Beneteau First 36: cruising is now done by gliding
With cruising, we envision not only convenience, but also ease of use. The First 36 reaps the fruits of years and years of offshore racing boat experience, precisely with Sam Manuard, but resting its foundation, structurally speaking, on the work of the team at PURE Design & Engineering, whose collaborations include structural calculations for America’s Cup boats, IMOCA and TP-52. With this foundation, it took Lorenzo Argento and Gigodesign, together with Beneteau and Seascape, to shape and equip a boat capable of meeting the demands of cruising and racing. The main point is the weight, which is very low. How? With a fiberglass composite structure made by vacuum infusion, including bulkheads and most of the interior that actually contribute to the structural strength of the boat. So, no “extra” furniture or anything else.
Looking at it from the dock, the nearly four-meter width is not fully perceived. Sure, you notice that the beam is significant, but you don’t get a concrete sense of how much space there actually is on board, at least until you get on it. Merit for this aesthetic “lightness” of the transom can be found in a contrivance on the two seats with a gap cut out below that lightens the line. What you can tell immediately by looking at the deck is the simplicity and cleanliness. In front of the two rudder wheels is a winch that allows those at the helm to manage the mainsail and direction while standing
sitting. At the same time, just below this position is, on both sides, the mainsail carriage choke and backstay. There is a central locker between the two rudders to stow all fenders. The cockpit, as you may have gathered, is very wide indeed, and for those coming from an older generation boat the feeling may not be immediate. In race mode, the cockpit is almost entirely clear. For cruising instead, we can get a large dining area with a central folding table (with two additional seats). The drizzler will have no trouble locating what he needs on the fly: everything is on sight and extremely neat.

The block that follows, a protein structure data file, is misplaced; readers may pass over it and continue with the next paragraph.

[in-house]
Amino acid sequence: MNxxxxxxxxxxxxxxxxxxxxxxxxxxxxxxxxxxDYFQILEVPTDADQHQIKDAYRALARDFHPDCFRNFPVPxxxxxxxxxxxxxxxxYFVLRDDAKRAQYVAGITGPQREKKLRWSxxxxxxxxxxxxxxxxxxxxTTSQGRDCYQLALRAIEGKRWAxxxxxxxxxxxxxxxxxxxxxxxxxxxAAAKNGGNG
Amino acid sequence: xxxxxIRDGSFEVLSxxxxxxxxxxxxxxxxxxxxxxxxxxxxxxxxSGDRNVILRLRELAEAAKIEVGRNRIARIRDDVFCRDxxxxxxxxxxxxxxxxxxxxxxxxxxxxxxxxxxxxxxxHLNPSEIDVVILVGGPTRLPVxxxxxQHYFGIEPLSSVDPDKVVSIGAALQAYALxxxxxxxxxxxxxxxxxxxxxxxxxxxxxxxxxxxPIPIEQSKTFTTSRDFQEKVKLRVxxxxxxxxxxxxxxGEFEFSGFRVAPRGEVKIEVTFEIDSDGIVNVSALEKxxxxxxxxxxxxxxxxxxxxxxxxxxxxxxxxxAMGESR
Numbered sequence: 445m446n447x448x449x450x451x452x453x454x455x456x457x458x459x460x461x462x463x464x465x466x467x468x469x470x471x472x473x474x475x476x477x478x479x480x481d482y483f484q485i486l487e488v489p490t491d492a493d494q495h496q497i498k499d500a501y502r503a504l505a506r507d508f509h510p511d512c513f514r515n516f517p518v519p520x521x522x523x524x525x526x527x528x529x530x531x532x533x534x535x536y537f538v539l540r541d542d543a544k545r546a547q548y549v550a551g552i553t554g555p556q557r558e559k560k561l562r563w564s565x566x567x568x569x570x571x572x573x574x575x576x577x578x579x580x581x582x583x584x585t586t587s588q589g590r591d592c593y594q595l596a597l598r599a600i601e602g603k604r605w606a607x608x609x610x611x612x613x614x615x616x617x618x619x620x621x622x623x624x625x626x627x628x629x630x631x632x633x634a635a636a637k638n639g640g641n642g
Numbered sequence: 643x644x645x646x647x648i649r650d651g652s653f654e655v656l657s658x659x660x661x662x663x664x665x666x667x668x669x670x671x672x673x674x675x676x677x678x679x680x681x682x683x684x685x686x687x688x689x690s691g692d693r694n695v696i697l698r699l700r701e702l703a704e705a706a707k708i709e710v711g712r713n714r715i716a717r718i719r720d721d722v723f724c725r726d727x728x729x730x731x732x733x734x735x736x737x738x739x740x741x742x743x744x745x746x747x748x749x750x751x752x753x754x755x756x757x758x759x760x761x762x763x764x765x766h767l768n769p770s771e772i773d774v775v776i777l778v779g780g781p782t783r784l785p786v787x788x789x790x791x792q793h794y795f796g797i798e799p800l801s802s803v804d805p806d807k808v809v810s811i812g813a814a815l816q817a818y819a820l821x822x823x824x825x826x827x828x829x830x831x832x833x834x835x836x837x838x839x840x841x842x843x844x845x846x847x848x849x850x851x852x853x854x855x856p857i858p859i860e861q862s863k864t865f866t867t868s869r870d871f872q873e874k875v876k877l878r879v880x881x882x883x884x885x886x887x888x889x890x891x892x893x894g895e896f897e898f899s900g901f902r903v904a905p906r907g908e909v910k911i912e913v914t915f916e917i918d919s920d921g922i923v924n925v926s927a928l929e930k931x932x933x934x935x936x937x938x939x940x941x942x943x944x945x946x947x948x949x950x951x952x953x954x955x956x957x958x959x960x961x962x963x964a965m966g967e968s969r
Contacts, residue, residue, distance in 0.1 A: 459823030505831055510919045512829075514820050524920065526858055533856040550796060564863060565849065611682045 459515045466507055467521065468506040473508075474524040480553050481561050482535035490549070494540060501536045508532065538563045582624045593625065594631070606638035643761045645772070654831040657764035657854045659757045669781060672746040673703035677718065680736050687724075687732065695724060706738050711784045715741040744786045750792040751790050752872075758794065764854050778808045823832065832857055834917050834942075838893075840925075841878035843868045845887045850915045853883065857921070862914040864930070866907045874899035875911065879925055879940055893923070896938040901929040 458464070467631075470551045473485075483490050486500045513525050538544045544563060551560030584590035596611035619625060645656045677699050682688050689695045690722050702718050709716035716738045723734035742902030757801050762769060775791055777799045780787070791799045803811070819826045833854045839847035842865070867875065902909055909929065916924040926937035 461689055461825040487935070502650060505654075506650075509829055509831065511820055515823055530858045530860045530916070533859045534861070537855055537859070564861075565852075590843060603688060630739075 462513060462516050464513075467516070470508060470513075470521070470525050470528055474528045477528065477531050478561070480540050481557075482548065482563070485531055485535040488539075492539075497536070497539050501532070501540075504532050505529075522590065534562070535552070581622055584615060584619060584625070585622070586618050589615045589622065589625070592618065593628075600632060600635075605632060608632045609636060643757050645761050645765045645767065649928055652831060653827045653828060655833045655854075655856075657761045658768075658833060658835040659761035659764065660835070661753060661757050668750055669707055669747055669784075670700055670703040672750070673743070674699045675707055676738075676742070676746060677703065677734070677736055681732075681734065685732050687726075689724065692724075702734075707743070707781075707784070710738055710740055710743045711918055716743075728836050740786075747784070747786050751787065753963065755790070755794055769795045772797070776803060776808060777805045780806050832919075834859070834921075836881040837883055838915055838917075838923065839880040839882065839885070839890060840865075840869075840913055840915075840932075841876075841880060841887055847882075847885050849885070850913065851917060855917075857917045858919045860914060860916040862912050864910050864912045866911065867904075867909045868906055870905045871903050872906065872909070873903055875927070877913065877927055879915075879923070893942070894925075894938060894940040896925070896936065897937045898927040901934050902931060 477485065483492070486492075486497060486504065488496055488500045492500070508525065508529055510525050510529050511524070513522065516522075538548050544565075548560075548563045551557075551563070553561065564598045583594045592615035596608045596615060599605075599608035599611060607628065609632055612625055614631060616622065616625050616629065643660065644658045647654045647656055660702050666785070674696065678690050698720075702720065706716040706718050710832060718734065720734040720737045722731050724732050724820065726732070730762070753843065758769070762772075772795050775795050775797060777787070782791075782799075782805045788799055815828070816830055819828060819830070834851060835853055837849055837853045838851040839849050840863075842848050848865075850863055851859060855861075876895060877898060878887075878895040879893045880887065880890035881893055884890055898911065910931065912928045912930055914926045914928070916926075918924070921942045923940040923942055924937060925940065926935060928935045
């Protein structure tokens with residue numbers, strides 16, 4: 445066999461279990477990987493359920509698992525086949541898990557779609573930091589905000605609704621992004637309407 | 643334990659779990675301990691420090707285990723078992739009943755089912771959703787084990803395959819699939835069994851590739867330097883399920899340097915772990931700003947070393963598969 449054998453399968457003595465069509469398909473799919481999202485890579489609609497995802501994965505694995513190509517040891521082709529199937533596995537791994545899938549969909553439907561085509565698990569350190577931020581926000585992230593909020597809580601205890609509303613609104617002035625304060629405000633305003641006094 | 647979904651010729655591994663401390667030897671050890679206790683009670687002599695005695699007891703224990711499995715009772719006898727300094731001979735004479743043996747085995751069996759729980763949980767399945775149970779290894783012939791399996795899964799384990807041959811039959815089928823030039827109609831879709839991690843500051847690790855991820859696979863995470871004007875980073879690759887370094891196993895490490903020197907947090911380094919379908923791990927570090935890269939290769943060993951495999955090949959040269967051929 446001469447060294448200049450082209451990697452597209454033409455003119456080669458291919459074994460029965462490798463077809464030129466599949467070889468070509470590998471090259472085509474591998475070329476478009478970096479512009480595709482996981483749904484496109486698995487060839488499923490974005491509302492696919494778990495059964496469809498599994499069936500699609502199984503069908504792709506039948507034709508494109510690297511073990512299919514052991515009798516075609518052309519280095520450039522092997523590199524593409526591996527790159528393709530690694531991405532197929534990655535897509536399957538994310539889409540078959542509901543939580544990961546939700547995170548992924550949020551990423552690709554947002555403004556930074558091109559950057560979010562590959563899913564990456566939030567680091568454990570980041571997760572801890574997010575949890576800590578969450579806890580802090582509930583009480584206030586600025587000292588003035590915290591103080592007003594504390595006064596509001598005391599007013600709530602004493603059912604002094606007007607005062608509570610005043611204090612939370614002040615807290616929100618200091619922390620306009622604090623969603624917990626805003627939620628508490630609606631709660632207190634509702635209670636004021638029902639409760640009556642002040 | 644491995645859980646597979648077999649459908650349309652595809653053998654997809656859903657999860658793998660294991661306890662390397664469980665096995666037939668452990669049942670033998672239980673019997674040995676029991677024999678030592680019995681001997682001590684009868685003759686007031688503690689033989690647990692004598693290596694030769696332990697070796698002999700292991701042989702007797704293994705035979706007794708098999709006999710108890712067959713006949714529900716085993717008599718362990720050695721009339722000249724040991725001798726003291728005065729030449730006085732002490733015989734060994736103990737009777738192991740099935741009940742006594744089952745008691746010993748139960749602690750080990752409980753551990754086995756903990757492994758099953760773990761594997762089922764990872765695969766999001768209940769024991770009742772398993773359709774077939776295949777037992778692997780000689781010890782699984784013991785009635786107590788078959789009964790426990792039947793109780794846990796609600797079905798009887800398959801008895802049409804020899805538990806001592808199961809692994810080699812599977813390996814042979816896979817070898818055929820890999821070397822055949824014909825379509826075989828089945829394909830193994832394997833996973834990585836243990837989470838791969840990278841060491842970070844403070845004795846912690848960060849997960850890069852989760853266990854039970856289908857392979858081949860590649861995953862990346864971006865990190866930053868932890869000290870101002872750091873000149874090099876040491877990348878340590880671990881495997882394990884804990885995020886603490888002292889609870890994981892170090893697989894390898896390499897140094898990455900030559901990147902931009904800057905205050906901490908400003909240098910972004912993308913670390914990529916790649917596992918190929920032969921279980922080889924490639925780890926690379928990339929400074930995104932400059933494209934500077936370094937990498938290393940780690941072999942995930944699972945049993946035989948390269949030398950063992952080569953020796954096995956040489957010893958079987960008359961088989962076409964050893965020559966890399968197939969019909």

The layout is the classic three-cabin layout. In order to maximize the space of the living room, particularly of the chart table that returns to prominence (also accomplice to the increasingly popular “smart working”), the space used by the bathroom was minimized. How? With a fold-down sink that allows more functions to be concentrated in a smaller area. Descending the stairs, one immediately notices a large insulated refrigerator in front. This is to make it more spacious and deep, but also to give more room for movement on board. When preparing food, a removable cutting board (under the oven) allows the refrigerator island to be connected to the kitchen, creating an XL countertop. As above, minimalism is prevalent, but there is more. White is often complemented by wood lining the edges of all furniture, including doors and the refrigerator. It is not only an aesthetic choice, but also a practical one as they often serve as handrails. The three cabins turn out to be spacious, but they are also designed, particularly in the stern, as areas not only for sleeping, but also for stowing, for example, sails while racing. The bunks can be closed by one half by sliding the slats of one half under the other half.
Overall length: 11.98 meters
Hull length: 11 meters
Hull and max. beam: 3.8 meters
Displacement: 4,800 kg
Fuel capacity: 70 liters
Fresh water capacity: 200 liters
Engine power: 29 hp